To Receive Your Whispers
Givers of life to these lungs
May I open my ears and surrender
What can you tell me
ow can I tend you
How can I tend to the ones
Who pour life through these lungs…
"We, for every one of us you've uprooted
You can soothe it by planting another
Of the same as the kind you've uprooted
Every ending a beginning if you choose it…
You can soothe it… if you choose it…"
Bringing Back the American Chestnut Tree
The American Chestnut Tree (Castanea Dentata) is native to the North American forest ecosystem and is, sadly, on the brink of extinction. The loss of the American Chestnut is cited as one of the worst ecological disasters in the United States. In the first half of the 20th century, 1 out of 4 trees across the 180 million acre range of eastern forests were killed because of an accidentally introduced pathogen: the Chestnut blight (Cryphonectria parasitica). Although chestnut trees still exist in our forests today, they rarely have an opportunity to reproduce and mostly exist as understory sprouts. The American Chestnut used to rank as the most important wildlife plant in the eastern United States. Squirrels, wild turkey, white-tailed deer, black bear, raccoon, and grouse depended on these chestnuts as a major food source. Several unique insect species that relied upon chestnut trees as their principal food source became extinct.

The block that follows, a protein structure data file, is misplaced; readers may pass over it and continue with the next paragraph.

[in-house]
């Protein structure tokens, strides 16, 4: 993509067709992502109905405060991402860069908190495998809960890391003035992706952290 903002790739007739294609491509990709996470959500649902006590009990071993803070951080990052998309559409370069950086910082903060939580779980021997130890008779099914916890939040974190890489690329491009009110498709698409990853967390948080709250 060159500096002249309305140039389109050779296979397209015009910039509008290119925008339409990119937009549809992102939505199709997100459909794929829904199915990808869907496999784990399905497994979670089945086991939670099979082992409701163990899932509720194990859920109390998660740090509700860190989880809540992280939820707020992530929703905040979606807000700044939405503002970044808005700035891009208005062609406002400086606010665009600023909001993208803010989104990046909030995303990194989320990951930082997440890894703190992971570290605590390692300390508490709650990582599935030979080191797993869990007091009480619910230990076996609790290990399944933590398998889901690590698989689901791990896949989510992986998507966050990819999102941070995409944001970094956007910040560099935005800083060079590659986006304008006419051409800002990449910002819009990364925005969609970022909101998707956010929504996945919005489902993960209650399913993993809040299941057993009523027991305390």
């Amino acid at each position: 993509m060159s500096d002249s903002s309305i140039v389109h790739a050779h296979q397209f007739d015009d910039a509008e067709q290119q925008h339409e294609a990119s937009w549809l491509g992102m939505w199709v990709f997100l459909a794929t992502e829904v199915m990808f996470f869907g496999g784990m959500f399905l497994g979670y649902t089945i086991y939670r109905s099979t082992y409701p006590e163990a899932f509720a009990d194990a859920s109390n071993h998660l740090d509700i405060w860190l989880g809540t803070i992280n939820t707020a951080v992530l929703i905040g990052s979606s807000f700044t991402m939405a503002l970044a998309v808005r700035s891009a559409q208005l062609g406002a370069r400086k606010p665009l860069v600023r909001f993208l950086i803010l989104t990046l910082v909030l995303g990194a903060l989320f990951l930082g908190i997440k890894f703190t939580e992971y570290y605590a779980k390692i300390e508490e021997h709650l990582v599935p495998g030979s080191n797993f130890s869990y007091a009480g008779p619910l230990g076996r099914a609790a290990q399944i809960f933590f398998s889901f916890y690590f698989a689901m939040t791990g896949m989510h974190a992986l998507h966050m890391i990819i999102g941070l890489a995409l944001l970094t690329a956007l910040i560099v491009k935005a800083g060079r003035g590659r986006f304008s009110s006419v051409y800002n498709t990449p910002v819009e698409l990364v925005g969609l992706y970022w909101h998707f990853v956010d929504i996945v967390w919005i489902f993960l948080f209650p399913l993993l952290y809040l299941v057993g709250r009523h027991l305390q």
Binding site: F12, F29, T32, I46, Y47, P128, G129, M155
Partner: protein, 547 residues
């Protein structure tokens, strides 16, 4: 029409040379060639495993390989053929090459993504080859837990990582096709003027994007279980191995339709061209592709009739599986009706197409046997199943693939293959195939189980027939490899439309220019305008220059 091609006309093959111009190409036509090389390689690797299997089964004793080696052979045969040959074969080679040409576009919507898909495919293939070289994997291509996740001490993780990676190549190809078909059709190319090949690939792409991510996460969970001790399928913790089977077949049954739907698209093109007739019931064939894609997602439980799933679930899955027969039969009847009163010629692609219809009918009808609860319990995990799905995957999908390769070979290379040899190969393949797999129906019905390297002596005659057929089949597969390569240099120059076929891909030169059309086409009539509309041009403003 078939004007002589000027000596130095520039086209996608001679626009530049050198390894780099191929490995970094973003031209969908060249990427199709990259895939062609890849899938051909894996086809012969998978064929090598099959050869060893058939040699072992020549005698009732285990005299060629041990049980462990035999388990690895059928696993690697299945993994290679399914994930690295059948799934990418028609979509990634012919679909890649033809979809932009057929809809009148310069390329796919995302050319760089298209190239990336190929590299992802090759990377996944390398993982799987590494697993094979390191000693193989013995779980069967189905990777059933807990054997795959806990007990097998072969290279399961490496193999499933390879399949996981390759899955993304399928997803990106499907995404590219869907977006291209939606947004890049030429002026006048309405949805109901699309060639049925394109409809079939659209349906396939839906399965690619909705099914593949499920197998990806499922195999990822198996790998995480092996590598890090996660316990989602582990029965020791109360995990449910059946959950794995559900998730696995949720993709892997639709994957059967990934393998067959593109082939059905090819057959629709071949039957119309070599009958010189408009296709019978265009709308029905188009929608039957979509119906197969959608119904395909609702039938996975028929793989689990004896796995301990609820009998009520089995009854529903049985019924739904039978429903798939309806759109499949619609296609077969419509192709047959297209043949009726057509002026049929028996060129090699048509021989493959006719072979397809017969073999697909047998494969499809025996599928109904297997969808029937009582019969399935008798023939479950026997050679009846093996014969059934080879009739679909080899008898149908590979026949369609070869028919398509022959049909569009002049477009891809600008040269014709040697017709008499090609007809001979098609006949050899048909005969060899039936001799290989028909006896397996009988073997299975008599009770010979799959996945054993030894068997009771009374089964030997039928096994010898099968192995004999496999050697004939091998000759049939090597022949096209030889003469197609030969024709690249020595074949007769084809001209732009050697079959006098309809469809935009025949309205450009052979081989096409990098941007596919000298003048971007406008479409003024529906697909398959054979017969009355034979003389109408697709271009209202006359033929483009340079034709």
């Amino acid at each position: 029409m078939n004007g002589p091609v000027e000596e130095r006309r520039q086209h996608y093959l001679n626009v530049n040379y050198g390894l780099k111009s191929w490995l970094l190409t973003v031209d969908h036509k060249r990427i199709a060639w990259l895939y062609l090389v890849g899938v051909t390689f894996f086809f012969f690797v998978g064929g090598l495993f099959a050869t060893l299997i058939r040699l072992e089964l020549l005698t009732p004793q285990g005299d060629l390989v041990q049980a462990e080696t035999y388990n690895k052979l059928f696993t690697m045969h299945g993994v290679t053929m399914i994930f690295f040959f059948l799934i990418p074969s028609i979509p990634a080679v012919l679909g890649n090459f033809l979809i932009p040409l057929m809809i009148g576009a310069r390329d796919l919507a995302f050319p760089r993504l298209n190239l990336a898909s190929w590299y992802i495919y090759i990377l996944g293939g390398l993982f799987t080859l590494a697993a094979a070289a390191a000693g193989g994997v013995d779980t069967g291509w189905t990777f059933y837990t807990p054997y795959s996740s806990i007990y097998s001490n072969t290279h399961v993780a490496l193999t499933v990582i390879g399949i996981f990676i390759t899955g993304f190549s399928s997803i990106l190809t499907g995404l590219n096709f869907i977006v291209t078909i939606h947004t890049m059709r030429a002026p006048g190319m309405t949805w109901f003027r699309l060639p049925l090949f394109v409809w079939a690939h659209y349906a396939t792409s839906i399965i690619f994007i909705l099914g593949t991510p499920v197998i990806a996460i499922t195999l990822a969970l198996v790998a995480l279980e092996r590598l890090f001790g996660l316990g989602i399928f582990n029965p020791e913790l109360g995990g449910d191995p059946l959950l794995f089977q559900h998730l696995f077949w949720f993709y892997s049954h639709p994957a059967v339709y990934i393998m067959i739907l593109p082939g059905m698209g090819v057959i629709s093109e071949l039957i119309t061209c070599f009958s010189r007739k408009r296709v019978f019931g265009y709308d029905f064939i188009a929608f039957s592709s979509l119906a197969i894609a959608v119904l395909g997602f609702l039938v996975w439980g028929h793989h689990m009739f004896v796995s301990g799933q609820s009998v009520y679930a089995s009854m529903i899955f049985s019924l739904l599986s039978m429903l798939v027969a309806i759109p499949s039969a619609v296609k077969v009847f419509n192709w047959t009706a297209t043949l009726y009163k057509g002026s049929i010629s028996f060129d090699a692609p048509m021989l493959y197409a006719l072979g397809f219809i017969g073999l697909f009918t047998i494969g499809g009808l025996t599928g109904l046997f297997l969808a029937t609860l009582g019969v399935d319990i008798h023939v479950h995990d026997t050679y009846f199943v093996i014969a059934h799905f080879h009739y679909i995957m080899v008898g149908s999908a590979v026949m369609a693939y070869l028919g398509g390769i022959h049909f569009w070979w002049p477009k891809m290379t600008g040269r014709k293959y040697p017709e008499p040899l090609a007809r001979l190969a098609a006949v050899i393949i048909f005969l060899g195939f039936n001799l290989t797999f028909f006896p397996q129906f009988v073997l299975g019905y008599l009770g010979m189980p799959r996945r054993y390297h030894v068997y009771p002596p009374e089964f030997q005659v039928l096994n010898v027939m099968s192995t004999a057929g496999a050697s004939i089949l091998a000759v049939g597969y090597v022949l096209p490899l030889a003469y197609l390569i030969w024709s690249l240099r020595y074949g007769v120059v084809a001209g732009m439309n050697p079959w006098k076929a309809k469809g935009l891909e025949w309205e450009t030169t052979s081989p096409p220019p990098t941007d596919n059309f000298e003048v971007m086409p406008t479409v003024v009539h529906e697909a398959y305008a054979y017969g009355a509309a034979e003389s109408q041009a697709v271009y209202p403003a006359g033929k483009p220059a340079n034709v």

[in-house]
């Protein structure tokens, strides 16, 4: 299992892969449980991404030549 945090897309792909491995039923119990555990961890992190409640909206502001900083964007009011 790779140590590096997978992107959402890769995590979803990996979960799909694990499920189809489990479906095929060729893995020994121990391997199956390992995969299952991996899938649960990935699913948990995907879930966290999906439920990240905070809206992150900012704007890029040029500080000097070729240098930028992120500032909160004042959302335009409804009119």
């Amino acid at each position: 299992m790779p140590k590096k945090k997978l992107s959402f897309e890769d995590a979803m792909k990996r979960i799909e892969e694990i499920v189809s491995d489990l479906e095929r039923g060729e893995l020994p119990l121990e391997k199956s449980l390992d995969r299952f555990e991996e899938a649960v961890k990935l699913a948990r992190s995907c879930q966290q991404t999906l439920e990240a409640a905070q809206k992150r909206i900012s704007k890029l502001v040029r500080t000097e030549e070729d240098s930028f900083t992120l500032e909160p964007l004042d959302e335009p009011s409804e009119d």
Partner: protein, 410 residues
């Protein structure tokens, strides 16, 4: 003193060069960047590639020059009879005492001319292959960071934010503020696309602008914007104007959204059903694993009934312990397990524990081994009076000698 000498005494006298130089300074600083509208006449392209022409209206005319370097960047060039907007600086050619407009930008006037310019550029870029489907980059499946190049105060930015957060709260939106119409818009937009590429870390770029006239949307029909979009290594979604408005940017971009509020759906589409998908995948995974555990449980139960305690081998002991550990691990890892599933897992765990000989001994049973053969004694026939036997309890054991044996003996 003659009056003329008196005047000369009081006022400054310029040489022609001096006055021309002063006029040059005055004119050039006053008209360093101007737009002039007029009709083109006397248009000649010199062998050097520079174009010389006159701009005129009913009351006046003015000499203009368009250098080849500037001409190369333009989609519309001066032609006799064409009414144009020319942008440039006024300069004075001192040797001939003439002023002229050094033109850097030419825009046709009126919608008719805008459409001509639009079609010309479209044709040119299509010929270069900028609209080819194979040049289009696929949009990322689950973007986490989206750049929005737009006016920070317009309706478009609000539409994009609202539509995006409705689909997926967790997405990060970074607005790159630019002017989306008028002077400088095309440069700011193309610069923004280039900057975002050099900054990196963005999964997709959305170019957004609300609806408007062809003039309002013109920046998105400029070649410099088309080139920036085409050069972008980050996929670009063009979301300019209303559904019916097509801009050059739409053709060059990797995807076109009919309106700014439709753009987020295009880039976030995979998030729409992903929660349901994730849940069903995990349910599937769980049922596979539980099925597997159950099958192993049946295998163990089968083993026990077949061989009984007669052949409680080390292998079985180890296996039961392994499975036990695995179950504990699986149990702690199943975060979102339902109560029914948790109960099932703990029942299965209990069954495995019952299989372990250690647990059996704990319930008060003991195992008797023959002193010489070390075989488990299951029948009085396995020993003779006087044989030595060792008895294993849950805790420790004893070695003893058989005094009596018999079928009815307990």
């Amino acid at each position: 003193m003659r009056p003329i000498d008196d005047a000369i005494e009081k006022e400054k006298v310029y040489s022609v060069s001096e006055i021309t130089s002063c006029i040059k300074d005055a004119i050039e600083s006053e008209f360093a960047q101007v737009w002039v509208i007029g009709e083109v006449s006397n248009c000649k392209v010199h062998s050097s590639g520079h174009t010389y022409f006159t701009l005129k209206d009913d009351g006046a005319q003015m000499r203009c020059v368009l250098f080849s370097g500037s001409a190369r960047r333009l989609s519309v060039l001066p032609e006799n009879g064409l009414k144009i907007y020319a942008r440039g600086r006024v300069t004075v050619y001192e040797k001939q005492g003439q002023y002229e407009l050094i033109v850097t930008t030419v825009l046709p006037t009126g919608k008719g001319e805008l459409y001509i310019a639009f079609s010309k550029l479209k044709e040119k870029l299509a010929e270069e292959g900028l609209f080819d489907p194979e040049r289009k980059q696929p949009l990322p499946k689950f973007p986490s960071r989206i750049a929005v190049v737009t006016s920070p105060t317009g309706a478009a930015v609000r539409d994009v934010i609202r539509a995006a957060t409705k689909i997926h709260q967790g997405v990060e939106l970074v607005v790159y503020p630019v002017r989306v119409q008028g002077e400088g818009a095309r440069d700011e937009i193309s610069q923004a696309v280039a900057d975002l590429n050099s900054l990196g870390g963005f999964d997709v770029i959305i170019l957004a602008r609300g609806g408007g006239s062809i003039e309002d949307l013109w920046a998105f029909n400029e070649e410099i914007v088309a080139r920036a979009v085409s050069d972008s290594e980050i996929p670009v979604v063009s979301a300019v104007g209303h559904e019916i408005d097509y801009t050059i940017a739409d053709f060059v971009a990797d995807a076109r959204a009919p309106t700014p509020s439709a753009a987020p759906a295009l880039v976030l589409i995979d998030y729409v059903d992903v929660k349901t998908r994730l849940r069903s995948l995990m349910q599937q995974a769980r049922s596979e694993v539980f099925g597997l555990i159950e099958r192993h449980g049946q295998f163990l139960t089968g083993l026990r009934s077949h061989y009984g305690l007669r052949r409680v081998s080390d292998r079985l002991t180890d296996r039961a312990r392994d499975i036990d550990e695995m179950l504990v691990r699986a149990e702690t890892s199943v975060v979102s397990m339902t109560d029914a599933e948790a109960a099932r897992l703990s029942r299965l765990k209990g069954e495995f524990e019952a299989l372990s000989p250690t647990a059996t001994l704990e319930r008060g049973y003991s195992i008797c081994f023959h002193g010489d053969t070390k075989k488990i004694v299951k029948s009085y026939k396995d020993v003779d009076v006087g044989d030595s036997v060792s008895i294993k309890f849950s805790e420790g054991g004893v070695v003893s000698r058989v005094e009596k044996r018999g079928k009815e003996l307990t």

Games, Lesson Plans and
Educational Resources for Kids
In November of 2018 we planted the first 25 American Chestnut trees in Emmaus, PA. The saplings that we planted in November are 2-year old American Chestnut hybrids, and are a close atch to the original American Chestnut species. Although we were surprised with some early snow during the planting event, the soil was sufficiently warm for the hardy American Chestnut, providing good conditions for the saplings' root networks to recover from any planting stress, and giving the trees a head start on next spring.
Additional 85 trees were planted in September and November of 2019 in Columcille Megalith Park in Bangor, PA and South Branch Preserve in Mt. Olive, NJ. The plantings included two groups of trees: (a) American chestnut hybrids; and (b) pure American C. dentata from mature parents that survived the blight and are producing chestnut seeds. Along with planting the American Chestnut trees, we planted native companion plants to promote the trees’ optimal health and growth. We rack and compare health and growth of the two groups, the impact of the companion plants and other biological factors. During the planting events, we offered educational and hands-on workshops for children and families and encouraged them to participate continuously as citizen scientists by contributing time, effort and observations by recording and sharing their findings throughout the tree planting and growing phases.
To this date, all but one planted trees survive and are healthy.
In 2020, we are planning to plant at least 50 additional trees and conduct field-study workshops engaging the public and students in data collection and analysis.